"Apocrypha" comes from the Greek word apokrypha [ajpovkrufo"], which means "things that are hidden, secret." "The Apocrypha" refers to two collections of ancient Jewish and Christian writings that have certain affinities with the various books of the Old Testament and New Testament but were not canonized by Christians as a whole: the Old Testament Apocrypha, which are still viewed as canonical by some Christians, and the New Testament Apocrypha, which are not.
The Old Testament Apocrypha, often referred to simply as "the Apocrypha, " is a collection of Jewish books that are included in the Old Testament canons of Roman Catholic and Eastern Orthodox Christians, but not of Protestants. Most of the books were composed in Hebrew prior to the Christian era, but they apparently never were accepted by the Jews as part of the Hebrew canon. At an early date they were translated into Greek and in this form came to be used by Christians as early as the end of the first century a.d. They were eventually included in Christian copies of the Greek Old Testament and, later, the Latin Vulgate. The Protestant Reformers, while affirming the unique authority of the Hebrew canon, allowed that the books of the Apocrypha were useful for reading. Over time, however, the Apocrypha has fallen into disuse among Protestants.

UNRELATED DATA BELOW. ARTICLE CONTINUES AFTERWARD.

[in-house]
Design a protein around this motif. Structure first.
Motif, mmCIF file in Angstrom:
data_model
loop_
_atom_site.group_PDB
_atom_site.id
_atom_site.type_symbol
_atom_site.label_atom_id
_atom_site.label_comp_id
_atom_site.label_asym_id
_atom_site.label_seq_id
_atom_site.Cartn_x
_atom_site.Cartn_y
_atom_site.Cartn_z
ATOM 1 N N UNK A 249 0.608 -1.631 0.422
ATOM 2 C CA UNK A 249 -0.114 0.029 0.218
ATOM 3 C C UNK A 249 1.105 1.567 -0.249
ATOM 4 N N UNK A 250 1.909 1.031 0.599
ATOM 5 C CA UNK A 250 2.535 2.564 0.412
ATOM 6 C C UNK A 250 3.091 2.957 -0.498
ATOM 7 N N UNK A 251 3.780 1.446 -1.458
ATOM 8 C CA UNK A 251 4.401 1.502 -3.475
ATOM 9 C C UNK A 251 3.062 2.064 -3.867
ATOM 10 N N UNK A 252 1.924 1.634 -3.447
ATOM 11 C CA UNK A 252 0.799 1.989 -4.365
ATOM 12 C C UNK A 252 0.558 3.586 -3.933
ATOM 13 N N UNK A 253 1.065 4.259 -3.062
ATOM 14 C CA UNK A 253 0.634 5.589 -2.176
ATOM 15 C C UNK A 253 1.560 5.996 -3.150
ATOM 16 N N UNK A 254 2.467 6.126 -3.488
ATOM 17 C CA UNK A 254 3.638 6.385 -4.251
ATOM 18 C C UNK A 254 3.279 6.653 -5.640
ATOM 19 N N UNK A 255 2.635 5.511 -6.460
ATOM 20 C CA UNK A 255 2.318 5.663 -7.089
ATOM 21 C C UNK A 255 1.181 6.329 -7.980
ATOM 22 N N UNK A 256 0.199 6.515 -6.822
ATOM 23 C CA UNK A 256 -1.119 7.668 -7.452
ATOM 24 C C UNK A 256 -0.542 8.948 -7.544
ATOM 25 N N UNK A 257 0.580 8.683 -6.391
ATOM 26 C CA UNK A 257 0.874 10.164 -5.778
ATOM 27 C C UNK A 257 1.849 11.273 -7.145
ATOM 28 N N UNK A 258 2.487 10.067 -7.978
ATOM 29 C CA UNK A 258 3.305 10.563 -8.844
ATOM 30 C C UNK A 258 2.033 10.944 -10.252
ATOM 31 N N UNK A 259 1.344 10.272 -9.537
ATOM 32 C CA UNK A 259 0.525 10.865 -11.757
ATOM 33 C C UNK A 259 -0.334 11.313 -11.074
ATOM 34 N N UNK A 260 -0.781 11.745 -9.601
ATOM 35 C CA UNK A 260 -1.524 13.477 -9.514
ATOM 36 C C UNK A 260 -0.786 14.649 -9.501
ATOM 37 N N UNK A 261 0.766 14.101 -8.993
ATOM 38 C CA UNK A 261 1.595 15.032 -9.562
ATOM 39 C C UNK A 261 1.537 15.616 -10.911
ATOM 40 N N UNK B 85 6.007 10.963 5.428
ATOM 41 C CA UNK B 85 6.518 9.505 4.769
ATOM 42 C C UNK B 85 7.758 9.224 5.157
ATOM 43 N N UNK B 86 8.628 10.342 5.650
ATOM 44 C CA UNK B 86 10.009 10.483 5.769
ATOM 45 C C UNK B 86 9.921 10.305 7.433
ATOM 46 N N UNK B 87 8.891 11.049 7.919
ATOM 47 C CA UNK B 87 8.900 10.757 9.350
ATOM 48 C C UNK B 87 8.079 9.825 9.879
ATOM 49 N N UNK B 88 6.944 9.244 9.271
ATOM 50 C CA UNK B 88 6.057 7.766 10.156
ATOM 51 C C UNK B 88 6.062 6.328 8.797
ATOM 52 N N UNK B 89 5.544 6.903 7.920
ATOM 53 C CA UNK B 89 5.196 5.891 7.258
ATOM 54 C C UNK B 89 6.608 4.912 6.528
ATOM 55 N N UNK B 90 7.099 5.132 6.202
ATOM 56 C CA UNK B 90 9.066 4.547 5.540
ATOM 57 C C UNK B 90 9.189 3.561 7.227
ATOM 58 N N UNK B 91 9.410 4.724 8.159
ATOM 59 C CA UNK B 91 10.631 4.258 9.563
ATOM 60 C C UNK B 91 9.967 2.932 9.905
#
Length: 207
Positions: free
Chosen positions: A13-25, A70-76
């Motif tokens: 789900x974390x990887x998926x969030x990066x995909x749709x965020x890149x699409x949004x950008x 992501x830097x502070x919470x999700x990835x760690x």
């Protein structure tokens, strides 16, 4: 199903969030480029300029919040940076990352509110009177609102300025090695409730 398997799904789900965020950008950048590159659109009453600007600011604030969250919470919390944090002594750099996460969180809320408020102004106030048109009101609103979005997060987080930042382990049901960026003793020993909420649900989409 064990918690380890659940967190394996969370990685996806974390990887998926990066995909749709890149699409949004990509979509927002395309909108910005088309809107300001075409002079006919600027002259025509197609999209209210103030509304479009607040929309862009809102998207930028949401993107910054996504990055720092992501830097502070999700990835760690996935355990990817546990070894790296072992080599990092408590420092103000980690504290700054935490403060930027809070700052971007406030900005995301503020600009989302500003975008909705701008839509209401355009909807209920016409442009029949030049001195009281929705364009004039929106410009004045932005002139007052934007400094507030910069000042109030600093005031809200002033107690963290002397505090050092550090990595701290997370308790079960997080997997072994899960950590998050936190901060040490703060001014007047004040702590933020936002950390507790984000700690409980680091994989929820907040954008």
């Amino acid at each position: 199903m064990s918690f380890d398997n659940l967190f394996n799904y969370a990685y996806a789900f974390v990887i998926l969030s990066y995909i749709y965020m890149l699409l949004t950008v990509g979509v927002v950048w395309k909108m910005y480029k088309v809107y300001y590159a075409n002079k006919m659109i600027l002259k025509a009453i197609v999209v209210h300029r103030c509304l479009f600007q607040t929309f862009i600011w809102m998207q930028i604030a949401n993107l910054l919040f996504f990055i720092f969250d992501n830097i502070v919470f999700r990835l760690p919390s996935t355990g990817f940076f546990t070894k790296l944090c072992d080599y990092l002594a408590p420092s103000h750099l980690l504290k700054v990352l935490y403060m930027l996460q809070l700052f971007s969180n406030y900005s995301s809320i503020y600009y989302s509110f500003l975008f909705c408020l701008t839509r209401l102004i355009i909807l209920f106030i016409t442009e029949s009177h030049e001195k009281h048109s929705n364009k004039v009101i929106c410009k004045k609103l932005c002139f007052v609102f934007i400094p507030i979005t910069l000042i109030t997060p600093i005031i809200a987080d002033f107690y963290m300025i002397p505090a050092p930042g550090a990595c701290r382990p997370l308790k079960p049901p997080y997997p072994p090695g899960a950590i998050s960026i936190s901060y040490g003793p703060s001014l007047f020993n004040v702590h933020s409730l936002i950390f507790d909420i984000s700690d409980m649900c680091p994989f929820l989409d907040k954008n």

The Roman Catholic Apocrypha consists of Tobit, Judith, the Additions to Esther, the Additions to Daniel (the Prayer of Azariah and the Three Young Men, Susanna, and Bel and the Dragon), the Wisdom of Solomon, Ecclesiasticus (also called Sirach), Baruch (also called 1 Baruch), the Letter of Jeremiah, 1 Maccabees, and 2 Maccabees. The Greek Orthodox Church adds 1 Esdras, Psalm 151, the Prayer of Manasseh, and 3 Maccabees, with 4 Maccabees in an appendix. The Russian Orthodox Church adds 1 Esdras, 2 Esdras, Psalm 151, and 3 Maccabees. The Roman Catholic canon places the Prayer of Manasseh, 1 Esdras, and 2 Esdras in an appendix without implying canonicity.